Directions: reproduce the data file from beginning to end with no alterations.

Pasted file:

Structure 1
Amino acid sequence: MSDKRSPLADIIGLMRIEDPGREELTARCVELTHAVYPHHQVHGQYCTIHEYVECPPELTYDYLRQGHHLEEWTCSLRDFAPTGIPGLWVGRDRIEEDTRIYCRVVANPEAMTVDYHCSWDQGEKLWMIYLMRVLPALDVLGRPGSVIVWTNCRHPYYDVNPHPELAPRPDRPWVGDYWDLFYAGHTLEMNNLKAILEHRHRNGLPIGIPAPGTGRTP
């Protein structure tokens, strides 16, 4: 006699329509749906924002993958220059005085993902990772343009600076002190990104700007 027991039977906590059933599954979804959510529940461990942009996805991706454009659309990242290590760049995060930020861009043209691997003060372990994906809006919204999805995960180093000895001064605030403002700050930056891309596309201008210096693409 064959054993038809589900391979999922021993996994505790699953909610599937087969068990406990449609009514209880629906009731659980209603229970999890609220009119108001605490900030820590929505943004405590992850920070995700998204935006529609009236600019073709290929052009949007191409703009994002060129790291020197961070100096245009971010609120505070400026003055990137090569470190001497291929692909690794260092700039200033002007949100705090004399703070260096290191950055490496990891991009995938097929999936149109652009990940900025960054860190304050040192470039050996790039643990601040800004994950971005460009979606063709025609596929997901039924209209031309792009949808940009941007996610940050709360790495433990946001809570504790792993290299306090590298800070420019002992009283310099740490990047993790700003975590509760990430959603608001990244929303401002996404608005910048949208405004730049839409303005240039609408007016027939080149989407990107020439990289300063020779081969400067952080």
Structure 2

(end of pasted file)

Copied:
Structure 1
Amino acid sequence: MSDKRSPLADIIGLMRIEDPGREELTARCVELTHAVYPHHQVHGQYCTIHEYVECPPELTYDYLRQGHHLEEWTCSLRDFAPTGIPGLWVGRDRIEEDTRIYCRVVANPEAMTVDYHCSWDQGEKLWMIYLMRVLPALDVLGRPGSVIVWTNCRHPYYDVNPHPELAPRPDRPWVGDYWDLFYAGHTLEMNNLKAILEHRHRNGLPIGIPAPGTGRTP
């Protein structure tokens, strides 16, 4: 006699329509749906924002993958220059005085993902990772343009600076002190990104700007 027991039977906590059933599954979804959510529940461990942009996805991706454009659309990242290590760049995060930020861009043209691997003060372990994906809006919204999805995960180093000895001064605030403002700050930056891309596309201008210096693409 064959054993038809589900391979999922021993996994505790699953909610599937087969068990406990449609009514209880629906009731659980209603229970999890609220009119108001605490900030820590929505943004405590992850920070995700998204935006529609009236600019073709290929052009949007191409703009994002060129790291020197961070100096245009971010609120505070400026003055990137090569470190001497291929692909690794260092700039200033002007949100705090004399703070260096290191950055490496990891991009995938097929999936149109652009990940900025960054860190304050040192470039050996790039643990601040800004994950971005460009979606063709025609596929997901039924209209031309792009949808940009941007996610940050709360790495433990946001809570504790792993290299306090590298800070420019002992009283310099740490990047993790700003975590509760990430959603608001990244929303401002996404608005910048949208405004730049839409303005240039609408007016027939080149989407990107020439990289300063020779081969400067952080």
Structure 2